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ASTR 1020H

This is an archive of the Common Course Outlines prior to fall 2011. The current Common Course Outlines can be found at   
Credit Hours   3   
Course Title   Stellar And Galactic Astronomy (Honors)   
Prerequisite(s)   Exit or exemption from Learning Support mathematics and exit or exemption from Learning Support reading or all ESL requirements except ENSL 0091 and acceptance into the Honors Program/College   
Corequisite(s)   None Specified   
Catalog Description   
The study of the sun and stars, physical properties and evolution, interstellar matter, star clusters, our galaxies, and the origin of the Universe.

This course is ASTR 1020 for honors students.
Expected Educational Results   
As a result of completing this course, the student will be able to:

1. Identify the contributions made to astronomy by the following people: Ptolemy, Copernicus, Kepler, Galileo, and Newton;

2. Identify the phases of the moon and their causes;

3. Identify the causes of eclipses;

4. Relate the historical development of man’s view of the universe from the Geocentric Model to modern interpretations;

5. Identify the laws* which describe and govern planetary motion and qualitatively predict the implications of these laws; (*Kepler’s laws and Newton’s law of gravitation)

6. Describe and account for the physical properties of the Earth such as structure, surface features, and the composition and evolution of the atmosphere;

7. Describe the motions of the Earth and relate them to our system of time keeping (daily, monthly, seasonally, and yearly);

8. Compare and contrast the terrestrial and jovian planets including the following:
1.  interior structure,
2.  surface features,
3.  atmospheres,
4.  satellites and rings,
5.  magnetic fields;

9. Identify the planets based on their unique significant properties and describe those properties;

10. Identify the planets based on their unique significant properties and describe those properties;

General Education Outcomes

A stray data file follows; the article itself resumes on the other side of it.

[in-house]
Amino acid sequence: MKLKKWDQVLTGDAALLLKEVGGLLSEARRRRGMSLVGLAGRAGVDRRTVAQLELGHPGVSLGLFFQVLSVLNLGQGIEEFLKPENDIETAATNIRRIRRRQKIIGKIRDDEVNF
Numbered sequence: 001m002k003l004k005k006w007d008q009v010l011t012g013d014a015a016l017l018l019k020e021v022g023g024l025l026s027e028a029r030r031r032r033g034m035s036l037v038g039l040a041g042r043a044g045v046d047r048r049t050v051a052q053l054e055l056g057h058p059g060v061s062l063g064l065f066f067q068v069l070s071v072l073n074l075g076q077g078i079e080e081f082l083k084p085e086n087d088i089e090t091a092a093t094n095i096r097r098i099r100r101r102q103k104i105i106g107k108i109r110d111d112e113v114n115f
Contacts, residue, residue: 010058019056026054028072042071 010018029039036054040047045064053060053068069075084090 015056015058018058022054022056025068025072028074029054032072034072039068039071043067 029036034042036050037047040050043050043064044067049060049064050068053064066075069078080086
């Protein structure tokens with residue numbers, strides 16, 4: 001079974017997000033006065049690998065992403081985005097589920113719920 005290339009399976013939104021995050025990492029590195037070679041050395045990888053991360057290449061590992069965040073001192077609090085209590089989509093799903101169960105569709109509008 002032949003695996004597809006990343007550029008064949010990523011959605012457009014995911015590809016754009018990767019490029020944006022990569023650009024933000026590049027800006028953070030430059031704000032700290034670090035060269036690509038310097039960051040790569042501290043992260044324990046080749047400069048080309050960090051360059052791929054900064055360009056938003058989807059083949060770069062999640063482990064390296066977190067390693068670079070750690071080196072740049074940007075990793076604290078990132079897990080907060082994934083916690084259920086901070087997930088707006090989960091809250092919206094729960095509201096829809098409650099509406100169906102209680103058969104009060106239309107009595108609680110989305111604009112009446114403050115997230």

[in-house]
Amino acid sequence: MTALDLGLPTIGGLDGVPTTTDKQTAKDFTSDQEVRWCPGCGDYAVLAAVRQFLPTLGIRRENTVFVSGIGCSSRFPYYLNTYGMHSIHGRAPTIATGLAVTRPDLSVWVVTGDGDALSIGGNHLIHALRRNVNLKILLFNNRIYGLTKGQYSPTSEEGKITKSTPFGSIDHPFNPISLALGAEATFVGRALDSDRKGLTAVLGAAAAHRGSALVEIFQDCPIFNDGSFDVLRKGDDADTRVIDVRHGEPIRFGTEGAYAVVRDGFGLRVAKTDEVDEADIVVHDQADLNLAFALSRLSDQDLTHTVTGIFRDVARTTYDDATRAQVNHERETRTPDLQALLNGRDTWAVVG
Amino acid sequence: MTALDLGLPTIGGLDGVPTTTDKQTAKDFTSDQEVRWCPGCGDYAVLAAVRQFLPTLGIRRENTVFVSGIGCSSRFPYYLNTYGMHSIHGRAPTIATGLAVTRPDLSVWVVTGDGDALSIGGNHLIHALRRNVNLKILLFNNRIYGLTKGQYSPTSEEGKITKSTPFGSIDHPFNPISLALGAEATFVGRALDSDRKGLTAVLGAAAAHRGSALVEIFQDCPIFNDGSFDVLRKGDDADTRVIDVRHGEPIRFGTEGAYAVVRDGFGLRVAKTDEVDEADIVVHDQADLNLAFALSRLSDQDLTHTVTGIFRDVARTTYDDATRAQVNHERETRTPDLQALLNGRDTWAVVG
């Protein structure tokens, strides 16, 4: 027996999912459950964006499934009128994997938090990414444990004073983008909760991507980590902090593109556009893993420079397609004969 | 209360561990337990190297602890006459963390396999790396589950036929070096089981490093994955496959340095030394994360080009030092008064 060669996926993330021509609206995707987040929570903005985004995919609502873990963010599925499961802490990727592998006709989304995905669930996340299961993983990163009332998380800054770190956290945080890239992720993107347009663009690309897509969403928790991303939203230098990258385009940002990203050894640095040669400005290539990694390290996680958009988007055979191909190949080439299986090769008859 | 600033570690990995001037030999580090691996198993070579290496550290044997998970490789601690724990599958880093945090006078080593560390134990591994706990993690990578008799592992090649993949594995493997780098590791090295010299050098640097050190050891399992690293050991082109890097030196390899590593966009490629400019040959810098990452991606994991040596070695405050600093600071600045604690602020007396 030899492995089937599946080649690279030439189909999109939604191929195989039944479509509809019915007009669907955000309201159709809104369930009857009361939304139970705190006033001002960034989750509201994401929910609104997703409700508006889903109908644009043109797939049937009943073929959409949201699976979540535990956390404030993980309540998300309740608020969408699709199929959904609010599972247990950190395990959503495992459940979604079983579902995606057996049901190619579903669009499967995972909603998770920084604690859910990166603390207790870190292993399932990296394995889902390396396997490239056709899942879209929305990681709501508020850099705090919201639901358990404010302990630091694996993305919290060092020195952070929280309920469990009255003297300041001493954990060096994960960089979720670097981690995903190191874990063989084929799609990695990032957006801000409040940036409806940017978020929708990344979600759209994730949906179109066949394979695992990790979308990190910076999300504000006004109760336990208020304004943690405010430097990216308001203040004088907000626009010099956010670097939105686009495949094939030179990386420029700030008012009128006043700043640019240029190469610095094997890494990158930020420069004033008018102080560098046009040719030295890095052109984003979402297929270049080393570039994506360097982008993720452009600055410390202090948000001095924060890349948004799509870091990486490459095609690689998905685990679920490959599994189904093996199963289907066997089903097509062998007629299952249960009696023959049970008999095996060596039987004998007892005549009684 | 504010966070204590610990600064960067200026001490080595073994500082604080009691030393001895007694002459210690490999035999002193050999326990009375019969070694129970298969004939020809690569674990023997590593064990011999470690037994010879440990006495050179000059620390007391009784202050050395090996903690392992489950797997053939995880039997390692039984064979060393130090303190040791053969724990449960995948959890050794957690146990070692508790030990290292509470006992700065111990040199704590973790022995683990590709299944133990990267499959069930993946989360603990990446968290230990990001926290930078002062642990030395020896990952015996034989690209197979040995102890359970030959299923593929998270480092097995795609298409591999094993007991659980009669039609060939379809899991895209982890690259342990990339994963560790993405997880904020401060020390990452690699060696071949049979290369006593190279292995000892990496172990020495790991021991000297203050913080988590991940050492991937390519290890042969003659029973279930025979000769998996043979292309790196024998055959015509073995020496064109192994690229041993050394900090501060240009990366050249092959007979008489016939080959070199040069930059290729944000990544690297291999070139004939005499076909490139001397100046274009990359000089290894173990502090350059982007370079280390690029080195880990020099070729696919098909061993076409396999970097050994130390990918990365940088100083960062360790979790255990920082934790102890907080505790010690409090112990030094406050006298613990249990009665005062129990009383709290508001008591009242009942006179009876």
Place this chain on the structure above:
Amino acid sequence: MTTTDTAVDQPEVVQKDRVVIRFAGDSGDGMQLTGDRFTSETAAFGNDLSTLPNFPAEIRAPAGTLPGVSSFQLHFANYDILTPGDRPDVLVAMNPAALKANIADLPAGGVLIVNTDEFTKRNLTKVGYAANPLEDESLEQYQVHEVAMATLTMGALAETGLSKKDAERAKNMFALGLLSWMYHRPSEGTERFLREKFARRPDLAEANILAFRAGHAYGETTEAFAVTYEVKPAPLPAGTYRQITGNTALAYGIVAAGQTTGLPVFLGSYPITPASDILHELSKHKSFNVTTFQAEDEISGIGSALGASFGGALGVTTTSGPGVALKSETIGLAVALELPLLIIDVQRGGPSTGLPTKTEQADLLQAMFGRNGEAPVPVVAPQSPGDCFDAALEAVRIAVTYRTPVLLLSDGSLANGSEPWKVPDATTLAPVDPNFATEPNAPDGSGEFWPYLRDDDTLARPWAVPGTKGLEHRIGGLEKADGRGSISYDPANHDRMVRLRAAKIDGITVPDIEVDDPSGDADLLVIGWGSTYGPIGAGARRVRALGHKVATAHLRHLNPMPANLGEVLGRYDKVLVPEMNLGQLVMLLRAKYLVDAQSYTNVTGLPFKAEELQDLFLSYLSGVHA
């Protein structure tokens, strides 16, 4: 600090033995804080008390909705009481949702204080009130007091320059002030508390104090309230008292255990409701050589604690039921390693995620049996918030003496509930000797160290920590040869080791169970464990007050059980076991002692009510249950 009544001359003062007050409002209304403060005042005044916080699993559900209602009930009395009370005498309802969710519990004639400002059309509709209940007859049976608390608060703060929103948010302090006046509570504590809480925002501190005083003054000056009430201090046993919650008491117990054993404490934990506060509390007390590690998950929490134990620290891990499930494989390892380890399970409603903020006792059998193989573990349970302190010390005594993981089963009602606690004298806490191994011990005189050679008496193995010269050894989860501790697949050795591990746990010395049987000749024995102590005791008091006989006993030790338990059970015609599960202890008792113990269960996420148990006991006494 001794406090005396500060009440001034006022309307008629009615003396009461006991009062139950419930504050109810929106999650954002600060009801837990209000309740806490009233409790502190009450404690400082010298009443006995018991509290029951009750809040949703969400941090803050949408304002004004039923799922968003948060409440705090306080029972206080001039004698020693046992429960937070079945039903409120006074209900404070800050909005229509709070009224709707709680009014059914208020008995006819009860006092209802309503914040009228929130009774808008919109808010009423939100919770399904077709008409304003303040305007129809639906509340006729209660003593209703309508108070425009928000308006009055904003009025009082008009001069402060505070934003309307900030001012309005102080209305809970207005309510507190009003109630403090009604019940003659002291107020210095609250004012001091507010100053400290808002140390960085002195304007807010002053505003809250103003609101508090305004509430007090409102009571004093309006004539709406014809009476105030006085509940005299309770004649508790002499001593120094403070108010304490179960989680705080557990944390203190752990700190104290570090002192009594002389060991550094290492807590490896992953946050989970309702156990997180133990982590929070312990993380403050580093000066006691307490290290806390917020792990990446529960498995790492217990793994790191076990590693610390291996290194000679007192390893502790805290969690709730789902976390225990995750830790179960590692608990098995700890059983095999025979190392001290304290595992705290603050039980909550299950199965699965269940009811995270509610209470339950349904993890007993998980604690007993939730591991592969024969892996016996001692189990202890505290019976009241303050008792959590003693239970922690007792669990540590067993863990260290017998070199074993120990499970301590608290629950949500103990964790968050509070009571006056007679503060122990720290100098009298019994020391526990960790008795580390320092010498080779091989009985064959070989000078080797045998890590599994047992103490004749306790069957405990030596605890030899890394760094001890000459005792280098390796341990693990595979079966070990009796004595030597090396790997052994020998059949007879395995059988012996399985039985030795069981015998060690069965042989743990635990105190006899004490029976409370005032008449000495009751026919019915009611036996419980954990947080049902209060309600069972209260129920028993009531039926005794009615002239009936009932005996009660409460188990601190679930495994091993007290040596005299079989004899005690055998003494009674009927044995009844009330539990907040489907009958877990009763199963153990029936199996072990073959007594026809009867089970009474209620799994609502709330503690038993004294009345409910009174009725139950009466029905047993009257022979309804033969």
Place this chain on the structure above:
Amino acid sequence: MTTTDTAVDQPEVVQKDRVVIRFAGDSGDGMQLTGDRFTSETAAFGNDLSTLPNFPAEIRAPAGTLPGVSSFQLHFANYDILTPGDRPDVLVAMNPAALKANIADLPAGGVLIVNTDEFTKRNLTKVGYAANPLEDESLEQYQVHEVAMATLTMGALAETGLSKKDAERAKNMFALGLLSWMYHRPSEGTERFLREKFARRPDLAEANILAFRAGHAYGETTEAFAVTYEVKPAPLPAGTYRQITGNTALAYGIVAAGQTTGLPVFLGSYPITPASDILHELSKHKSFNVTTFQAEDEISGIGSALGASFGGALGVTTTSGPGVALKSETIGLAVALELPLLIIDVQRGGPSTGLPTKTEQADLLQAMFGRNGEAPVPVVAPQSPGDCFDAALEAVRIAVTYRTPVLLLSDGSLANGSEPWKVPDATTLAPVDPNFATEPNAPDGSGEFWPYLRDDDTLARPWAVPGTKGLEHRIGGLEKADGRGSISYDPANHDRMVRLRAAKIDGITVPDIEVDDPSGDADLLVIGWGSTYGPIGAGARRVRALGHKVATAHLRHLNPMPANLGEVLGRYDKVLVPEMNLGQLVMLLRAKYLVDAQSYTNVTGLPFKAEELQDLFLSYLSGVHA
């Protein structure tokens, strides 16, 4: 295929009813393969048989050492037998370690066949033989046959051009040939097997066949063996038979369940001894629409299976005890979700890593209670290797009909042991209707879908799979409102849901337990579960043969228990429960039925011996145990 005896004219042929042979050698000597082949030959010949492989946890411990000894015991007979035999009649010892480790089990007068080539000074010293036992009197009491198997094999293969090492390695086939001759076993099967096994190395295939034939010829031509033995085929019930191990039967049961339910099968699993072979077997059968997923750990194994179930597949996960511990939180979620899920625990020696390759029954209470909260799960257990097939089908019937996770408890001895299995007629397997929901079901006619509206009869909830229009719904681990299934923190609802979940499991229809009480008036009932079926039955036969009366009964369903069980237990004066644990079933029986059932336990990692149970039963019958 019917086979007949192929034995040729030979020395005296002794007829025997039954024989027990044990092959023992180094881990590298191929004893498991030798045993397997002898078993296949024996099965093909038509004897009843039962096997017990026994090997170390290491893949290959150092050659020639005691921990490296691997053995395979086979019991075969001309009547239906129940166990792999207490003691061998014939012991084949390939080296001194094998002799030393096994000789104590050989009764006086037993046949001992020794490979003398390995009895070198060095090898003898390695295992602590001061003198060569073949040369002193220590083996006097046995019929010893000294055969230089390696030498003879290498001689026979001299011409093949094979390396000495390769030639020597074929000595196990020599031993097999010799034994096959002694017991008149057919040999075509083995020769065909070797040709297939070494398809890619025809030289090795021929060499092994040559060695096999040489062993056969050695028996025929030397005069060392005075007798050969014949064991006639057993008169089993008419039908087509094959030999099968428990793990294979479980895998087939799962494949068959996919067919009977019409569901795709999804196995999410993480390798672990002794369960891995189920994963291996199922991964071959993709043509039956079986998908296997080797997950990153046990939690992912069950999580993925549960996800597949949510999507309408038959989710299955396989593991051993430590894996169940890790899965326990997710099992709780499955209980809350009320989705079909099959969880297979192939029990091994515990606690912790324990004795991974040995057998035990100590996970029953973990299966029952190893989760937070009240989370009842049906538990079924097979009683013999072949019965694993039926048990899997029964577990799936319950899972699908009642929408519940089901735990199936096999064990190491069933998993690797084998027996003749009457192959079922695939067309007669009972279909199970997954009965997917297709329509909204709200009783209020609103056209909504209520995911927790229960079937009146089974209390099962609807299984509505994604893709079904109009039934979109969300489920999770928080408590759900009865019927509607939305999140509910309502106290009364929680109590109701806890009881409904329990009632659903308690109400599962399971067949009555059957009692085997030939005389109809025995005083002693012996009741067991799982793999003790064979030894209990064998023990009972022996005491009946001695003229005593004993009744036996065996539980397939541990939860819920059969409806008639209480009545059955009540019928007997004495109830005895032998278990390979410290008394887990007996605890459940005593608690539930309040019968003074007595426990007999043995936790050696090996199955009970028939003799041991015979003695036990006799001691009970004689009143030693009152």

This course has primary responsibility for general education outcome number six:

Recognize and apply scientific inquiry in a variety of settings.

It is intended that the course meets this objective in the following ways:

1. Any science class deals inherently with scientific inquiry, by the nature of the course.  This, therefore, will be an underlying theme throughout the course.

2. Coverage of the above specific objectives will give direct instruction toward the  general objectives: 1, 4, 5, 9.

Course Content   
Students will write a research paper of at least five pages with a minimum of six citations and six different sources on an astronomical topic approved by the instructor. Students will present this paper as an oral report to the class.
I. Introduction to Astronomy
A. *Our place in space
B. *The scale of things
C. *The obvious view
D. **The motion of the Sun and stars
E. *Celestial coordinates
F. **The motion of the moon
G. **Eclipses
H. *The measurement of distance
I. **The scientific method

II. The Copernican Revolution
A. *Ancient astronomy
B. *The motion of the planets
C. **The geocentric universe
D. **The heliocentric Model of the solar system
E. **The birth of modern astronomy
F. **Kepler’s laws of planetary motion
G. *Solar system dimensions
H. **Newton’s laws

III. Telescopes
A. *Optical telescopes
B. *Telescope size
C. **High resolution astronomy
D. *Radio astronomy
E. **Interferometry
F. **Other astronomies
G. **Full spectrum coverage

IV. The Solar System
A. *Exploring our planetary system
B. *The overall layout of the solar system